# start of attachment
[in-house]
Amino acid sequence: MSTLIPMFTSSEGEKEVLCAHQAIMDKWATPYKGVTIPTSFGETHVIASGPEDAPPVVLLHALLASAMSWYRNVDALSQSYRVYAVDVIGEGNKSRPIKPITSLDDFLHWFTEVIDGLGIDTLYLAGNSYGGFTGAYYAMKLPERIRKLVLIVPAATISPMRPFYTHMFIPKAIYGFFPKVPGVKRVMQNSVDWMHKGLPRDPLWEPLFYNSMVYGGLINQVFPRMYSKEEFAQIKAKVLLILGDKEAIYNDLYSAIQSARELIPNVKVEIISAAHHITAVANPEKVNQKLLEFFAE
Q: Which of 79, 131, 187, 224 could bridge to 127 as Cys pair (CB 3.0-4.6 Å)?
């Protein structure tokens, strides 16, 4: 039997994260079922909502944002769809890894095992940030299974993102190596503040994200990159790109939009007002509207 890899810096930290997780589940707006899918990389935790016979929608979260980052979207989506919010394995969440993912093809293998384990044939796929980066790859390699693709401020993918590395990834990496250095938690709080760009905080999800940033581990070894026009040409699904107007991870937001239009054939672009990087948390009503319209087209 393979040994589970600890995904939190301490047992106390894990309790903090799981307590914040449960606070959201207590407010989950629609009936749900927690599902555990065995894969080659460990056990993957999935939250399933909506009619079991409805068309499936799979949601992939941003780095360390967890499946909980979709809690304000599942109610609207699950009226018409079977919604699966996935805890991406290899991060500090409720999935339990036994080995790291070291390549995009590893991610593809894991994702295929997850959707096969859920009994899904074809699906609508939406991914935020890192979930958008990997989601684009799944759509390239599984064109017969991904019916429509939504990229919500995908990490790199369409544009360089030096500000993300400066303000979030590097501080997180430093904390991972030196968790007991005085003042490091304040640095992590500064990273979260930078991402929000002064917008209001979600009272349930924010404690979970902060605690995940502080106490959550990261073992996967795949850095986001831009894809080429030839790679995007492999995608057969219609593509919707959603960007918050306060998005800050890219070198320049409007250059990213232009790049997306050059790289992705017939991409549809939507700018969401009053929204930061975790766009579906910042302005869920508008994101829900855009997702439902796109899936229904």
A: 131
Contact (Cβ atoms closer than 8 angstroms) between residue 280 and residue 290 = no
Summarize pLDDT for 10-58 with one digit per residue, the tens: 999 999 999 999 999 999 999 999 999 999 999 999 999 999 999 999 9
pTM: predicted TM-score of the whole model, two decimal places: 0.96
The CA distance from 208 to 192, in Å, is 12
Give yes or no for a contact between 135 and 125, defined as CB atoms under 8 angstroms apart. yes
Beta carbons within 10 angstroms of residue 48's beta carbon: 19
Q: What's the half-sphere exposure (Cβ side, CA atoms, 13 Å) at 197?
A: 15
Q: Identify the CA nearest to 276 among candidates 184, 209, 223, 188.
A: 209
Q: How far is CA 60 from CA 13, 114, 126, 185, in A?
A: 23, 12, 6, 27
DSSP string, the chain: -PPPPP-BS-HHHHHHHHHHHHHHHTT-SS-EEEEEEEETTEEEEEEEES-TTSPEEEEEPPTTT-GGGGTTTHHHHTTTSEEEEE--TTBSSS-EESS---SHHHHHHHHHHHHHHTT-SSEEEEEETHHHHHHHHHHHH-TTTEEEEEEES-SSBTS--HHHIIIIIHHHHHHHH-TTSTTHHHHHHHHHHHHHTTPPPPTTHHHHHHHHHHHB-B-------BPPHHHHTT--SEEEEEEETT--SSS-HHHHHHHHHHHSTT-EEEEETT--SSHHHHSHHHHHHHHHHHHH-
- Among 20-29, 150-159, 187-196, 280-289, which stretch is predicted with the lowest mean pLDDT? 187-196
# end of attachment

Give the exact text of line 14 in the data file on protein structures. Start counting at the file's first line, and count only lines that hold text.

Q: Identify the CA nearest to 276 among candidates 184, 209, 223, 188.